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How the Brain Makes Moral Choices

Scientists may have pinpointed the area in the brain where morality and emotions clash in dicey situations.

The area is the ventromedial prefrontal cortex (VMPC), report the researchers.

Michael Koenigs, PhD, of the National Institute of Neurological Disorders and Stroke, worked on the study while on staff in the neurology division of the University of Iowa Hospitals and Clinics.

Koenigs and colleagues studied six people who suffered VMPC damage as adults. The VMPC is involved in emotional responses and social emotions such as compassion, shame, and guilt, Koenigs' team notes.

For comparison, the researchers also looked at 12 healthy adults with no brain damage and 12 adults with brain damage that didn't affect the VMPC or other emotion-related areas.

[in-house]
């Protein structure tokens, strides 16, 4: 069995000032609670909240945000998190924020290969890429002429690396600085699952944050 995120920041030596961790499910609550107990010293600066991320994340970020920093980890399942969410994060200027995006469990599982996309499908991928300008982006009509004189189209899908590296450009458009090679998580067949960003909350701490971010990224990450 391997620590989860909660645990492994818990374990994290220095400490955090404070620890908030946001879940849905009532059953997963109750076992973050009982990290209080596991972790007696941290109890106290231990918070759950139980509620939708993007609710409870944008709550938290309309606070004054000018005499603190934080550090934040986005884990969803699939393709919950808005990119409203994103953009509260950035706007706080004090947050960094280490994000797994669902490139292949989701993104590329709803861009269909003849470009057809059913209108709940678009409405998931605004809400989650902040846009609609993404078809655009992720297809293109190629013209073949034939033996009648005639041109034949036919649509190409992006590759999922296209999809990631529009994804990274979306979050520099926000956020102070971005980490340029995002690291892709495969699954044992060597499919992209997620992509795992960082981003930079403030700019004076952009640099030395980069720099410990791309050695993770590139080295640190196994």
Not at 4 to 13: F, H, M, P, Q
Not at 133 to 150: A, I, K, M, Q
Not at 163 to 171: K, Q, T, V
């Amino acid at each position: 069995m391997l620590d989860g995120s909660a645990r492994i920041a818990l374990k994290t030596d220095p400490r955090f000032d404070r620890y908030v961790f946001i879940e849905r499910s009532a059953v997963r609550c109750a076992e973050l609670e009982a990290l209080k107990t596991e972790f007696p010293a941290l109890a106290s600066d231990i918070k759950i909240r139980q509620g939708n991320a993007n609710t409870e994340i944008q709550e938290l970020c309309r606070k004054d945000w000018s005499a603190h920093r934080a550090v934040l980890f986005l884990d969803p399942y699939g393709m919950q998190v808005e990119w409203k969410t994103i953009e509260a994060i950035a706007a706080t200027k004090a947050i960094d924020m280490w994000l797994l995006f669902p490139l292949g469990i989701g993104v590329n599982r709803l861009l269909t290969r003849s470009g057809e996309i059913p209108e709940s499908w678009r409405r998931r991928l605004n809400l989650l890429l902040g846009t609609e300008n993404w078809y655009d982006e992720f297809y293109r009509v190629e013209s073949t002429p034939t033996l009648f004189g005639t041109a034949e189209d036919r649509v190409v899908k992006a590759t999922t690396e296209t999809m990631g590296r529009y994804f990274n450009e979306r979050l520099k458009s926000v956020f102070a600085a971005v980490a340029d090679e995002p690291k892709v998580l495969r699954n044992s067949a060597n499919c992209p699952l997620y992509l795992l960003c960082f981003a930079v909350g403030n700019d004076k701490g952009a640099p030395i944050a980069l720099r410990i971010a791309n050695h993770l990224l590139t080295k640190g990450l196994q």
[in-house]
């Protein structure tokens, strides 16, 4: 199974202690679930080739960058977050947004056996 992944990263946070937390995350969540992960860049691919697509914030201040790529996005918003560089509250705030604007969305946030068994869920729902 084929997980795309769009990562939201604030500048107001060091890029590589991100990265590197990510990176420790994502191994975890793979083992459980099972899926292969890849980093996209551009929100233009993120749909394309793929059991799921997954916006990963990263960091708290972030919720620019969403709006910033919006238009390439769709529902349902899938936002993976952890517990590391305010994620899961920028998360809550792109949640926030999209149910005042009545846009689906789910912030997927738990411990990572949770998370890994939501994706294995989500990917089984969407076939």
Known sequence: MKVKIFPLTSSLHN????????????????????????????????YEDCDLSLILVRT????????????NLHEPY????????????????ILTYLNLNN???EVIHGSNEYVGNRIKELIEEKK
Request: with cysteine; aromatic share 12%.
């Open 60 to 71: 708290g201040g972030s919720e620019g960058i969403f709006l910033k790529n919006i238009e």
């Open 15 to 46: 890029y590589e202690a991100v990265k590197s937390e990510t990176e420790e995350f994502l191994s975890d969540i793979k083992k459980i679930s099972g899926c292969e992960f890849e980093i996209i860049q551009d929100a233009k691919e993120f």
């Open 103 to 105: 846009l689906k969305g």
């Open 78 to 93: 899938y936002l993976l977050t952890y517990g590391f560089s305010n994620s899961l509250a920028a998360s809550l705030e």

In the study, participants read fictional scenarios that presented dilemmas, such as sacrificing one person's life to save the lives of others.

For example, one scenario featured a runaway boxcar careening towards a crowd. Study participants were asked if they would push one person off a bridge to save five other people from the boxcar.

Those with VMPC damage were the most likely to agree with that action and similar choices in other personal, emotional, life-and-death scenarios. They also made such decisions faster than other participants.

However, these VMPC-damaged participants handled impersonal, low-stakes scenarios much like the other study participants.

The researchers aren't calling the VMPC-damaged participants cold or immoral. But they say the findings support the theory that the VMPC is involved in making personal, emotional, intense moral decisions.

By Miranda Hitti
Reviewed by Louise Chang
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